Late Wednesday night September 18th the 20-day old waning gibbous Moon will be rising with the stars making up the small dipper-shaped asterism known as the Pleiades. The Moon will be about 10o to the west from the Pleiades.
Tuesday September 17th the Sun in its apparent eastward motion along the ecliptic, moves out of the constellation of Leo the Lion and into the constellation of Virgo the Harvest Maiden. This is the true or actual position of the Sun as opposed to the pseudoscience of astrology which usually has the astrological Sun one constellation ahead or east from the Astronomical Sun’s position.
In a couple of days the Sun, according to astrology, will cross the ecliptic moving southward crossing from Virgo into the constellation of Libra the Scales. We know this day as the September equinox, which this year is on the 23rd.
For those that keep count, every year will have at least one Friday the 13th, while some years, like this one, have two Friday the 13th. This year the second Friday the 13th is on December 13th (I let you guess which day). Once in a while there will be 3 Friday the 13th with the last time occurring during 2015. A year having 3 Friday the 13th on the average only happen about 15 times each century, with the next two occurring during 2026 and 2037. What is kind of interesting is that there are more Friday the 13th days than any other day of the week on a 13th. It is also thought that the Friday the 13th is more or less a modern thing as there seem to be no records or very few accounts of the idea of a Friday the 13th until sometime early during the last century.
Here is a link to an interesting article of the history of Friday the 13th. Thirteen: The Private History of a Curse
Our Moon reaches apogee, (greatest distance from Earth), for this orbit, on Friday August 13th. At that time the Moon will be at a distance of 31.85 Earth diameters 252,511 miles (406,378 km) from the Earth.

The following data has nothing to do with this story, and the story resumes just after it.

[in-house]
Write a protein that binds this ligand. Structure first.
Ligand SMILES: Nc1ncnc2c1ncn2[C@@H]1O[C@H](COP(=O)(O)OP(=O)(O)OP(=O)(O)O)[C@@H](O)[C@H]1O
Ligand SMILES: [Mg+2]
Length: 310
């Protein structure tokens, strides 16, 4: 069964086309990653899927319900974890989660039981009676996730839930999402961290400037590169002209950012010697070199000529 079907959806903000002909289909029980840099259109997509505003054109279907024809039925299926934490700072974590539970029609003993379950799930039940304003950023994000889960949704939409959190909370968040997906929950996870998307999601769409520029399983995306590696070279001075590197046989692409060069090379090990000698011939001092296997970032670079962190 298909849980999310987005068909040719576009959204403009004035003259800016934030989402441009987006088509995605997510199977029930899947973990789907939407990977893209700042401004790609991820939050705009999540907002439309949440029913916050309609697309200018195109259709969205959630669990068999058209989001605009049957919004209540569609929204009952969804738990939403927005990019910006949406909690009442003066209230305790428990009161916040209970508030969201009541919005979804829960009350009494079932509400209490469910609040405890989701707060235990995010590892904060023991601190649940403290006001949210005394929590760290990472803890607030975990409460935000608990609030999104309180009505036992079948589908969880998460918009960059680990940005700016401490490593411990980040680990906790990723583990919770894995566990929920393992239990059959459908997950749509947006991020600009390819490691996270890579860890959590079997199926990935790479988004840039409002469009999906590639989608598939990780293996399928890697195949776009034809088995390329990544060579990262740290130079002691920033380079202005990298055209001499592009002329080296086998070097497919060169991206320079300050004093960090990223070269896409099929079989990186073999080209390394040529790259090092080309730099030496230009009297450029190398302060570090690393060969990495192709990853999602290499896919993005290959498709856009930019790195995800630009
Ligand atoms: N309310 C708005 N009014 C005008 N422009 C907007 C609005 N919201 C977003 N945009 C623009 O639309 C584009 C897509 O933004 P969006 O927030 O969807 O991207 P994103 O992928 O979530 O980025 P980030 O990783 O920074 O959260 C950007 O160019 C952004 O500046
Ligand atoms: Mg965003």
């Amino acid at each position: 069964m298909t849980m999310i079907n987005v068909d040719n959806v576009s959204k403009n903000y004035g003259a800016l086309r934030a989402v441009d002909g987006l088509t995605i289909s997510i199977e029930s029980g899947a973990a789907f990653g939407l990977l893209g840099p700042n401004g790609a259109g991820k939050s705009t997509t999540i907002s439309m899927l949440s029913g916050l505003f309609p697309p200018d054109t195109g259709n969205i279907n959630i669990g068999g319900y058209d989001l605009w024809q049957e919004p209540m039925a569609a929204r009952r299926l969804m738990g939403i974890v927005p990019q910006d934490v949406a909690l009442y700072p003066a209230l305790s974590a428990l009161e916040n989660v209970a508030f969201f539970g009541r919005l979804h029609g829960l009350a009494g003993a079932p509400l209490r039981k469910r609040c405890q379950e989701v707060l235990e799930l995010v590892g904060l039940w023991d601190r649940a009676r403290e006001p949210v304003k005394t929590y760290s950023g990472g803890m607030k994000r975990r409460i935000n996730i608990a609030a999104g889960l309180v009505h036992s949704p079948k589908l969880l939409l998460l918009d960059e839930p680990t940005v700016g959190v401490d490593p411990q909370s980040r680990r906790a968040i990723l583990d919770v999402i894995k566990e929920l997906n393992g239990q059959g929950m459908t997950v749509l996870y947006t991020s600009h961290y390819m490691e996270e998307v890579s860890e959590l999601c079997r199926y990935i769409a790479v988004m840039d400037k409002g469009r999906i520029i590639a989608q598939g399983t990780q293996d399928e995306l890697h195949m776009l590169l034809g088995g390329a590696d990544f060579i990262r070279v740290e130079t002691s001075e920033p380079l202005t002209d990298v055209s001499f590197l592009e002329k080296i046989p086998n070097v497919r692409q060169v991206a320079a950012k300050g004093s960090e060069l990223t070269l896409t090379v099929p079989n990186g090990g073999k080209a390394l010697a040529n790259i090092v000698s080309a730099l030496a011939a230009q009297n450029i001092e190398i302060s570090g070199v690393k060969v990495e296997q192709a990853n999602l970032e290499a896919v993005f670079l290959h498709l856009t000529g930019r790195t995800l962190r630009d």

Does our Moon actually go around the Earth as this graphic shows? From our perspective on the Earth the Moon appears to circle around the Earth. However, in reality, the Moon orbits the Sun together with the Earth*
*Click here to read my 2006 Scope on the Sky column “The Real Shape of the Moon’s Orbit”. (PDF)
Read this very informative article about the Earth-Moon system and their orbital motions, written by Joe Hanson. “Do We Orbit the Moon?”
Tuesday September 10th the outer planet Neptune reaches a position in its orbit around the Sun when it is on the opposite side of the Earth from the Sun. This coincidentally is known as opposition, and it is an orbital position which only the planets further from the Sun than the Earth may reach.
At opposition an object orbiting the Sun beyond Earth’s orbit rises and sets in a fashion similar to our Moon when it is at full phase, in that the object at opposition rises at sunset and sets at sunrise.
Neptune is over the eastern horizon after sunset local time and with an apparent magnitude of 7.81 is beyond unaided-eye visibility but could be visible with large aperture telescopes or with a camera.
Sunday September 8th the Moon will be crossing the plane of the ecliptic moving south. This is known as the descending node, one of two intersections the Moon’s orbital path (dark green line) has with the ecliptic.
> On the day of the node crossing the 12.0-day old waxing gibbous Moon will be over the southern horizon and will be about 6-7o to the east from the ringed planet Saturn. Jupiter shines brightly further to the west near the reddish star Antares. With binoculars or telescope the dwarf planet Ceres may be visible.
Saturday September 7th the 8-day old waxing gibbous Moon will be about 4-5o west from the outer ringed planet Saturn. Just for reference but too dim to be seen is the Dwarf Planet Pluto – located about 6-7o east from Saturn. Then the following night, September 8th ,the Moon will have moved to the east side of Saturn.
Click here to go to the Qué tal in the Current Skies web site for monthly observing information, or here to return to bobs-spaces.
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